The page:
Sydney and Melbourne passed-in auctions rise as greedy vendors test the market

The number of properties failing to sell at auction is rising in Sydney and Melbourne, new data shows, as “greedy vendors” test out how far they can take the booming property market.

The booming market in both capitals, fuelled by record-low interest rates and more competition for fewer homes for sale, has seen house prices skyrocket and vendors expectations rise higher than ever.

A recent surge in listings following the easing of restrictions that allowed one-on-one inspections to resume has given buyers more choice, seeing some properties now pass-in, rather than sell for an unrealistic price, experts say.

Melbourne-based buyers advocate Cate Bakos said vendors with “slapdash renovations” or houses for which buyers would have to compromise would need to rethink their pricing.

“It’s early days but the greedy vendors are starting to get singed, or their knuckles rapped,” Ms Bakos said.

Domain figures show the number of listings has jumped dramatically – by 118.5 per cent in Melbourne over the month to October 17 and 31.8 per cent in Sydney.

Sydney held its first weekend of on-street auctions for the first time in three-and-a-half months on Saturday, while Melbourne will welcome back public auctions – the first in 11 weeks – this weekend.

While the number of listings is increasing, auction pass-ins have also ticked up.

Between August and September, the number of pass-ins in Melbourne rose by 2.7 percentage points, from 4.9 per cent to 7.6 per cent. 

In Sydney, they rose by 1.9 percentage points from 6.9 per cent to 8.8 per cent over the same period.

That compared to the pre-COVID-19 market in 2019, when the number of auction pass-ins dropped by 2 percentage points in Melbourne in August and September, down from 26.2 per cent to 24.2 per cent as the busy spring market kicked into gear.  While Melbourne’s changed, Sydney’s pass-ins rose by 2 percentage points over August and September in 2019, falling later in the year as the market strengthened, the data showed.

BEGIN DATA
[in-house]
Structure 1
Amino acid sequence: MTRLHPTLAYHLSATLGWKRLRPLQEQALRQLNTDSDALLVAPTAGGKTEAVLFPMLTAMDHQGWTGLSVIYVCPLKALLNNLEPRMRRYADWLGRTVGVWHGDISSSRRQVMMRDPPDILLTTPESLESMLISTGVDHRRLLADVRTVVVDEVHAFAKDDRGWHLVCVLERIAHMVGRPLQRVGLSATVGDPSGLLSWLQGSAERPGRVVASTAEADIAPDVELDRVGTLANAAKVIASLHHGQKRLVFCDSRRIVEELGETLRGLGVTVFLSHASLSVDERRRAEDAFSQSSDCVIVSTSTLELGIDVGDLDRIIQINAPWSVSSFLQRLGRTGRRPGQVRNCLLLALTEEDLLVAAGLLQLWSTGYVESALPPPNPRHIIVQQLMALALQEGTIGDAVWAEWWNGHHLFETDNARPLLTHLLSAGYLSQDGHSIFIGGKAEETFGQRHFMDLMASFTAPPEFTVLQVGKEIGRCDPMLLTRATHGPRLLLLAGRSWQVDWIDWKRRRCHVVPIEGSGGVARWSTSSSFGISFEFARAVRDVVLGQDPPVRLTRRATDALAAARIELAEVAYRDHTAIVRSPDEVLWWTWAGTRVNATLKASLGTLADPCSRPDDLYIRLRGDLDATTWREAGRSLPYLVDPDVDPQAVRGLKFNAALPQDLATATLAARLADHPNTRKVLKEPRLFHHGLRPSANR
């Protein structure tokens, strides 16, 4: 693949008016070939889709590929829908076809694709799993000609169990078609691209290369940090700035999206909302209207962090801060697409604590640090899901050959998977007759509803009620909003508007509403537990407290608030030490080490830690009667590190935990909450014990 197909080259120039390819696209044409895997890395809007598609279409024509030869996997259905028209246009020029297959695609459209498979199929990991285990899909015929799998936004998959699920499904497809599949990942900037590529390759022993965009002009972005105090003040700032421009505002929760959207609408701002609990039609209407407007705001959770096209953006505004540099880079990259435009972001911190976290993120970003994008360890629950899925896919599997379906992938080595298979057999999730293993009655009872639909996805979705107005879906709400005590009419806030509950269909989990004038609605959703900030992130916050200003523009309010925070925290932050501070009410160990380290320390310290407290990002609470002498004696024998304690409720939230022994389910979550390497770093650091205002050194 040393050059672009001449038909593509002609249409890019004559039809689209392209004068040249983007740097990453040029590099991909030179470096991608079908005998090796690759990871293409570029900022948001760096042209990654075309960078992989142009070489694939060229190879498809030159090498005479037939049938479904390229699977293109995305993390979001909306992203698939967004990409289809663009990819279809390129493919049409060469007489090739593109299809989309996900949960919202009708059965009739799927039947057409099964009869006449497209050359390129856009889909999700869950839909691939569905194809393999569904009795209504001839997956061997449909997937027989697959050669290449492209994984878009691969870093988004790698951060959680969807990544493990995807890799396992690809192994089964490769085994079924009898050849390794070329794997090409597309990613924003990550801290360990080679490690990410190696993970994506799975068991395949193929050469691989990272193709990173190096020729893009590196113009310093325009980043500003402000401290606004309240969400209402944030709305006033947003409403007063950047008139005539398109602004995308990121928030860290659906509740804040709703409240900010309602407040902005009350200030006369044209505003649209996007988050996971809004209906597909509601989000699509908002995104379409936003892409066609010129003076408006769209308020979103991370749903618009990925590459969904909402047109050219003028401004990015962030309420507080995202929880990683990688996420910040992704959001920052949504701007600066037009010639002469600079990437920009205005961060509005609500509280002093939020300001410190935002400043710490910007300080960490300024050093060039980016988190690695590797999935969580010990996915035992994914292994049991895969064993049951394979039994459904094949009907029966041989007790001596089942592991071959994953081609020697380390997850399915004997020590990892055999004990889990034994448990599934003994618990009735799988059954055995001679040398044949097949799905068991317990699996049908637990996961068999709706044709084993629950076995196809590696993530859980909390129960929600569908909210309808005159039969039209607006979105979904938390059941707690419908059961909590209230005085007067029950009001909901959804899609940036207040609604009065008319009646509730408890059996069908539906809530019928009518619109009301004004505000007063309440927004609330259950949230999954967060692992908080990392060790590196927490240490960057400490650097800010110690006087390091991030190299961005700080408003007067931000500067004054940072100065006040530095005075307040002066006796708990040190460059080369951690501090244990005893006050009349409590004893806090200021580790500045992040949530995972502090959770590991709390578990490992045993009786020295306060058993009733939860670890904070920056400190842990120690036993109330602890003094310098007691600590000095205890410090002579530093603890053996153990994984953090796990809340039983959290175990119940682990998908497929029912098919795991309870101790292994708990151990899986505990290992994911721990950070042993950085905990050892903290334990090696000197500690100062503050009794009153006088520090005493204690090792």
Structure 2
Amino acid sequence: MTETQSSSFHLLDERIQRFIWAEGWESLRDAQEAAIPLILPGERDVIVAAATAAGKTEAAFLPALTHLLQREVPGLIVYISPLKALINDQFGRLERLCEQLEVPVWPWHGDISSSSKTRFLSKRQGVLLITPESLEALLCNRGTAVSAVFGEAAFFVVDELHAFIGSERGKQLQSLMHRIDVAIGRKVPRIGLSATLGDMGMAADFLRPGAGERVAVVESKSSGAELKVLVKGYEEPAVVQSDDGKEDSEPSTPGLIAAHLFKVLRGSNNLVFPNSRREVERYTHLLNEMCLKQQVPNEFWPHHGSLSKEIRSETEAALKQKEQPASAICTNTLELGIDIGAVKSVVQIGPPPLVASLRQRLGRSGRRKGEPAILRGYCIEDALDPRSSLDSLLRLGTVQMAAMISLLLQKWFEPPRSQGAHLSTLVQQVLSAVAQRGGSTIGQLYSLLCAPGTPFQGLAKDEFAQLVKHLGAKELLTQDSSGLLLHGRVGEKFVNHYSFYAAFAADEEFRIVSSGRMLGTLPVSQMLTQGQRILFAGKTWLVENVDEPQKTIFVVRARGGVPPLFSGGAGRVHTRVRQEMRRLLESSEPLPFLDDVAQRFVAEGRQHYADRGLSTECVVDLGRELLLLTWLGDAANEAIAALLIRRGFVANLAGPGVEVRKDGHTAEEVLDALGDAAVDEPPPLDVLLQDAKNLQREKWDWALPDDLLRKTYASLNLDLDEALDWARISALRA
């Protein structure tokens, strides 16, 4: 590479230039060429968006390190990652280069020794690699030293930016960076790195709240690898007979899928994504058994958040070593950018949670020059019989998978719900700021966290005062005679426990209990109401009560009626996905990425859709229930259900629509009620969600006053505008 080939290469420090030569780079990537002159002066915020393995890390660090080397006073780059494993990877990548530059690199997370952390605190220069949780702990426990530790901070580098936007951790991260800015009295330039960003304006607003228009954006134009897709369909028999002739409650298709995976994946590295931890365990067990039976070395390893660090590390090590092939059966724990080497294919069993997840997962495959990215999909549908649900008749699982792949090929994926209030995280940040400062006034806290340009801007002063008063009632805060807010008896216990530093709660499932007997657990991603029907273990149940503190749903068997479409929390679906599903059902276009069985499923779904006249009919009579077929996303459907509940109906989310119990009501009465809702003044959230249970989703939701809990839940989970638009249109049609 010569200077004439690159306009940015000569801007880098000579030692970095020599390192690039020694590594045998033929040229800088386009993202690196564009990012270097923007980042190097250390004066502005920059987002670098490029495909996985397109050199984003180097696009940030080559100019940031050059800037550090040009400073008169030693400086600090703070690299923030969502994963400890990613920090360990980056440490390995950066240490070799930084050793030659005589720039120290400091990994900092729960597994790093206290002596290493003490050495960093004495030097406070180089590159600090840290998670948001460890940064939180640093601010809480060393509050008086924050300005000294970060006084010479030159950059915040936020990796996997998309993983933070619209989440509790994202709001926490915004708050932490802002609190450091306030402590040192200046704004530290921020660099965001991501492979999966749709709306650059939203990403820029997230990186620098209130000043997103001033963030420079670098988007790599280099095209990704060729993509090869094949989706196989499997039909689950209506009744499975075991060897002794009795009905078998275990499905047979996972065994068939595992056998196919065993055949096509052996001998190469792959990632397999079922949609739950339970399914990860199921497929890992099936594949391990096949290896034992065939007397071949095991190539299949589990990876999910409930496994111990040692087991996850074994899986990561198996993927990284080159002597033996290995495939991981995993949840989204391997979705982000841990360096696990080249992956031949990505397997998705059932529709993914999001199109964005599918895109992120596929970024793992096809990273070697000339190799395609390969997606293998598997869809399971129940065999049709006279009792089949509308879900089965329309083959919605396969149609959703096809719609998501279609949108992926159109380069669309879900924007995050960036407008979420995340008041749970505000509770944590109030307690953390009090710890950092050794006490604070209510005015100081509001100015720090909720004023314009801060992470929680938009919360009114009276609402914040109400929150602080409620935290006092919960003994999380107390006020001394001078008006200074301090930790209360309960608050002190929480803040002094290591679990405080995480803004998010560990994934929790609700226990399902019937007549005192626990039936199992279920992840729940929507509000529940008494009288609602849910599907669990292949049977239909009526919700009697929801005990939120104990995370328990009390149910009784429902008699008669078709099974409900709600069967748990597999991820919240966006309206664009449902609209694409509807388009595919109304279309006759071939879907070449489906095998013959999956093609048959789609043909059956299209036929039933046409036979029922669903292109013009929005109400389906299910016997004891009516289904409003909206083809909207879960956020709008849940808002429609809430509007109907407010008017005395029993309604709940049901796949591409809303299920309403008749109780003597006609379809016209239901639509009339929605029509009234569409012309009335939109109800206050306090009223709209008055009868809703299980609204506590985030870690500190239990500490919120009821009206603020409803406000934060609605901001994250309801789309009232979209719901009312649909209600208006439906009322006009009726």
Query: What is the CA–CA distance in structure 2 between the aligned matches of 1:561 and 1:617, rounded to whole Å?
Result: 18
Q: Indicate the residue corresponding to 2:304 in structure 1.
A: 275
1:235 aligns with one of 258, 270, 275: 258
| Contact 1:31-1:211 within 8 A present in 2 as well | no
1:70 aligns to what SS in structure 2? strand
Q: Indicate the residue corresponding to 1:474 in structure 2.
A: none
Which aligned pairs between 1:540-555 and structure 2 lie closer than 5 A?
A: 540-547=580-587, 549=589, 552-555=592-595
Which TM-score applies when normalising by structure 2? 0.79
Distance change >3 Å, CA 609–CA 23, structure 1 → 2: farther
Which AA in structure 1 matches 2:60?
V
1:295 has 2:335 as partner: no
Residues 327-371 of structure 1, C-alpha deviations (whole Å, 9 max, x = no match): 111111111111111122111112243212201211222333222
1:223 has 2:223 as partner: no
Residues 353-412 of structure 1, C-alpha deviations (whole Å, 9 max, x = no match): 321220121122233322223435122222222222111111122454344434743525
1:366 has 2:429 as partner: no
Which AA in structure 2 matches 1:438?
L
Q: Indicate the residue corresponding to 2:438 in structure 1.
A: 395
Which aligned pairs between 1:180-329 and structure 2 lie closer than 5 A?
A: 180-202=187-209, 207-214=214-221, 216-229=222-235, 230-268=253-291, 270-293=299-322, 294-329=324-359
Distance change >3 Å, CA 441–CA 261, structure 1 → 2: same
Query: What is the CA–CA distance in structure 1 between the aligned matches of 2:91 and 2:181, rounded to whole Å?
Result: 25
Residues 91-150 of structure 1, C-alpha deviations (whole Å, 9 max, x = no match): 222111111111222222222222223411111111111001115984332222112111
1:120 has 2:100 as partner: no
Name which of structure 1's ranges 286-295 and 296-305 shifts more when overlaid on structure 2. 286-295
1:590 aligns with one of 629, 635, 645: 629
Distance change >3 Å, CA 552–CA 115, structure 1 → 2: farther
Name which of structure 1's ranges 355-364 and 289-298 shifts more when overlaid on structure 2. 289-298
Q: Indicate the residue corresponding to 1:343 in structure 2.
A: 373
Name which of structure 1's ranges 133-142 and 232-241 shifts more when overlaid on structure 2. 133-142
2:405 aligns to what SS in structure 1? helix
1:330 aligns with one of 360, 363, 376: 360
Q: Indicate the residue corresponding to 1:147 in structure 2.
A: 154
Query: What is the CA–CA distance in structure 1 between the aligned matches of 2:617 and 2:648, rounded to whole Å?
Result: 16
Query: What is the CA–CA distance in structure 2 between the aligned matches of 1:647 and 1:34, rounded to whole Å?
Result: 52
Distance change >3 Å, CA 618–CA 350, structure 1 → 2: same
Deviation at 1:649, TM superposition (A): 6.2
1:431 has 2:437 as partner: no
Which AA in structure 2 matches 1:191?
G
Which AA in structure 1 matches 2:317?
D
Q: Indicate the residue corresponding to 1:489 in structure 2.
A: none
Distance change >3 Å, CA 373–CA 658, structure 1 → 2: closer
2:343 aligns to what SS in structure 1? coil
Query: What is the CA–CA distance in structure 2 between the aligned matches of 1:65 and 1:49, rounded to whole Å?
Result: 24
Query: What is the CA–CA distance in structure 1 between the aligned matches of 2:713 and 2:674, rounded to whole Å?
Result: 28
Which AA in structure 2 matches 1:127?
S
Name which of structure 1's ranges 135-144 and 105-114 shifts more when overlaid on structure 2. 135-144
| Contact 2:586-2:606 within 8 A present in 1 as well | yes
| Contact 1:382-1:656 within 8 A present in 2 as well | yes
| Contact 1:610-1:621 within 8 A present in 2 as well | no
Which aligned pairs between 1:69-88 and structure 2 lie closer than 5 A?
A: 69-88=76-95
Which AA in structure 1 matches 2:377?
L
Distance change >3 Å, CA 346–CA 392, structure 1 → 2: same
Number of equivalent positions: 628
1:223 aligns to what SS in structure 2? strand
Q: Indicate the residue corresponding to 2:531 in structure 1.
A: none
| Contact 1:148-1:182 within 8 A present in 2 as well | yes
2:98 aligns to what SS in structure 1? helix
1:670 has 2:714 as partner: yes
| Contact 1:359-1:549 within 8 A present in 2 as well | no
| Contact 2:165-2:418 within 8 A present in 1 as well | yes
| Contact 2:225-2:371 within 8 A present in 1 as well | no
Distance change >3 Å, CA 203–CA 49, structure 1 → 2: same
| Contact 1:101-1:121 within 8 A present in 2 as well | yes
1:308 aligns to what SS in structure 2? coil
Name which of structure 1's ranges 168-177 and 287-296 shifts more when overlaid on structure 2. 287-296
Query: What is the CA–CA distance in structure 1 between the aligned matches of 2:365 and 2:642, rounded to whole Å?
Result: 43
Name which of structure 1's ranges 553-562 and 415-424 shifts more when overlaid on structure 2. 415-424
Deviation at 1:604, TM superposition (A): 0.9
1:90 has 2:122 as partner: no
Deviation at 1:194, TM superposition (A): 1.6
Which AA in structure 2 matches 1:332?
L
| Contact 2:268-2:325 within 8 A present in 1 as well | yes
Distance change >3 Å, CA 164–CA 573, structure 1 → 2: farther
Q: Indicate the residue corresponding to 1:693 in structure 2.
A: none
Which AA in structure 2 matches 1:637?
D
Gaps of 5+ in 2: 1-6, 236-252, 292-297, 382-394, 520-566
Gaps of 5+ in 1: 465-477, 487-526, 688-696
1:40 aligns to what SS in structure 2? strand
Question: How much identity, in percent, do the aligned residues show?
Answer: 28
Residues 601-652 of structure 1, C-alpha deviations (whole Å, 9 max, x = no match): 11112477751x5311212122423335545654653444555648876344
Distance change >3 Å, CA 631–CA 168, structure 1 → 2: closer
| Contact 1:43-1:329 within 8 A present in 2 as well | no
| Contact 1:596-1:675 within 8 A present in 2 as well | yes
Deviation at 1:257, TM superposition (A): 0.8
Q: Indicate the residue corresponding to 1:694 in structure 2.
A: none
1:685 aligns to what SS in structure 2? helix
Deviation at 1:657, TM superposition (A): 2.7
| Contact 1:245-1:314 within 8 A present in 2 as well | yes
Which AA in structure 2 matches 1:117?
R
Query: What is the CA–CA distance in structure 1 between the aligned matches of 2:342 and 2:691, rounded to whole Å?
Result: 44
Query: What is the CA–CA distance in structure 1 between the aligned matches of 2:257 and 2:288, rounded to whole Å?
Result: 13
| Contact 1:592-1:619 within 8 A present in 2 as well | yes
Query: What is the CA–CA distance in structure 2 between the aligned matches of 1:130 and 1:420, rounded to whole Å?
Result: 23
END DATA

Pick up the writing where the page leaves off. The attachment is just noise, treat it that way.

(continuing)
Melbourne auction pass-ins 2021

February
15.5%

March
17.2%

April
15.8%

May
16.1%

June
11.9%

July
12.7%

August
4.9%

September
7.6%

Domain chief of economics and research Nicola Powell said while the number of pass-ins was growing, overall they had been trending down since July last year, as the worst of the pandemic took hold.

“Pass-ins are at a multiyear low and I think that speaks to what sellers are choosing to do – they’re opting to delay selling until the market reopens,” Dr Powell said.

“That means we could start to see pass-in rates edge higher as more listings hit the market. Especially when you come into the realm of greedy sellers who are expecting [huge] price rises to continue.”

Sydney auction pass-ins 2021

February
9.5%

March
7.5%

April
9.3%

May
11.6%

June
14.4%

July
6.4%

August
6.9%

September
8.8%

In Sydney, Ray White NSW chief auctioneer Alex Pattaro said most vendors were being realistic and pricing their properties according to what buyers were willing to pay.

“If a property is not selling when there’s lots of competition at auction then it has been priced too high,” Mr Pattaro said. “Buyers are prepared to stretch, but they think ‘I’ve already gone so far over [the sale price] I’m not going to go that extra little bit’.”

Melbourne-based Kay & Burton South Yarra partner and auctioneer Michael Armstrong said the main reason properties were passing in at auction was the desire among vendors for a higher sale price.

“I feel like the only reason things aren’t selling in this market is because of vendor expectations,” Mr Armstrong said. “They’re pushing harder but they can only stretch the rubber band so far before it snaps back.”

Mr Armstrong said vendors would have to get used to a change in the market and price to compete with other homes that come up for auction.

Cooley Auctions partner and auctioneer Michael Garofolo said he believed pass-ins would rise with the number of auctions coming to the market.

“I think since the sort of year we’ve had, vendors have been running with the market or ahead of it,” Mr Garofolo said. “You can’t really blame them for getting carried away.”

The good news was, that even if vendors got less than what they expected, they were still in front of where they would have been just 18 months ago, he said.

Sydney’s house prices rose by $1200 a day over the three months to June, Domain figures show, reaching a record median of $1,410,133. Melbourne’s median also soared past $1 million to a record $1,022,927.

“They may feel like they may have missed it, but where they’ve come from they are still far ahead,” Mr Garofolo said.

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